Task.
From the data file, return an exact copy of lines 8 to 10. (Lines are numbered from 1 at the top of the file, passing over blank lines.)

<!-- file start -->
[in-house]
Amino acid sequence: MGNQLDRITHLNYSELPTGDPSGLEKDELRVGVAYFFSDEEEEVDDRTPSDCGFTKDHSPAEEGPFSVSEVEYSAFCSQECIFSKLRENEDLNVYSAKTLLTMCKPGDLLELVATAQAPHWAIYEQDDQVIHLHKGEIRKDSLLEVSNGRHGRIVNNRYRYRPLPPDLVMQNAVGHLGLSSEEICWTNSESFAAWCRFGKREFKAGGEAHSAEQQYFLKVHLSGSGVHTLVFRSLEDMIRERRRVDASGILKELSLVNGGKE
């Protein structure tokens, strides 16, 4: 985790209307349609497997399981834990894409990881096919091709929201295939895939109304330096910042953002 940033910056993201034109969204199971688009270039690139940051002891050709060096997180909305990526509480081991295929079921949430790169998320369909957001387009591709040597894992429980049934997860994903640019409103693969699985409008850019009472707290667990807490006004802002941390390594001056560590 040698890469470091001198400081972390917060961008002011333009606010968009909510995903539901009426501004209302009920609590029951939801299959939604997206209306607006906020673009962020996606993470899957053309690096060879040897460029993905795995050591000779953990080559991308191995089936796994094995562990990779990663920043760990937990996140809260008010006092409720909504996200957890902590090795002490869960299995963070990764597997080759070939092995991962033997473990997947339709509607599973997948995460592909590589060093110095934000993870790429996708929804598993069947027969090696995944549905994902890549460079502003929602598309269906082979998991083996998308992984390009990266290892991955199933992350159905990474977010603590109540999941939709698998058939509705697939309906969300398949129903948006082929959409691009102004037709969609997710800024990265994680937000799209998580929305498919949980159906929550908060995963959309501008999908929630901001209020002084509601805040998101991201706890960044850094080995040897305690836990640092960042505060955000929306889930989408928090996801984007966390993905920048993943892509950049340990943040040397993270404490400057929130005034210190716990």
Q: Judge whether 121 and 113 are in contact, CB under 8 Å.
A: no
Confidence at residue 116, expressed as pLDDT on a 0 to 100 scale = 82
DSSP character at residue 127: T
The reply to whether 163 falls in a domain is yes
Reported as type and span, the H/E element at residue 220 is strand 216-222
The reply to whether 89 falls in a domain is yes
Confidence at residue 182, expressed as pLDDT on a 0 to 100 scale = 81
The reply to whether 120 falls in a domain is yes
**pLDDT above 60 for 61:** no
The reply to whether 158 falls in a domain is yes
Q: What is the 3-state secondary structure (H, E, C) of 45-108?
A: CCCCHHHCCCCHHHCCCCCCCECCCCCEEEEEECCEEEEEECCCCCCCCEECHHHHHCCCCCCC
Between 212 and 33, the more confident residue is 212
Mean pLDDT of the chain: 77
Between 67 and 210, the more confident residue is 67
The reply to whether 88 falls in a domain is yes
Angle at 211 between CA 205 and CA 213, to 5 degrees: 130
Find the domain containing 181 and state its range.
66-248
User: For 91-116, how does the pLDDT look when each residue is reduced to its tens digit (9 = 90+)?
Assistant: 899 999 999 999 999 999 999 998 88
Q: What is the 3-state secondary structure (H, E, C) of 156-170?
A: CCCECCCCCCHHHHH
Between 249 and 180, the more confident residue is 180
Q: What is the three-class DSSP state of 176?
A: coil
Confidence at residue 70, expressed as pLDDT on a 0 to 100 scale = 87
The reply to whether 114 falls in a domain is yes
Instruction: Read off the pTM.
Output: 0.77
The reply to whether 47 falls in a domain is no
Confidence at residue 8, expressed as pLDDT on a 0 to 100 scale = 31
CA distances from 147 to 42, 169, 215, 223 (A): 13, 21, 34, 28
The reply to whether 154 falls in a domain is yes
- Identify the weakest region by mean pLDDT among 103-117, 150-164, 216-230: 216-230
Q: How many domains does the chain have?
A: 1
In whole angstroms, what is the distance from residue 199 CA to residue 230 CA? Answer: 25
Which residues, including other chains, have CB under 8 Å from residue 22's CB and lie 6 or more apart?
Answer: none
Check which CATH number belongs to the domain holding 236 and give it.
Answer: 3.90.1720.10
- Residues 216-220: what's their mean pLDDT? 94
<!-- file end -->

The reply to whether 163 falls in a domain is yes
Reported as type and span, the H/E element at residue 220 is strand 216-222
The reply to whether 89 falls in a domain is yes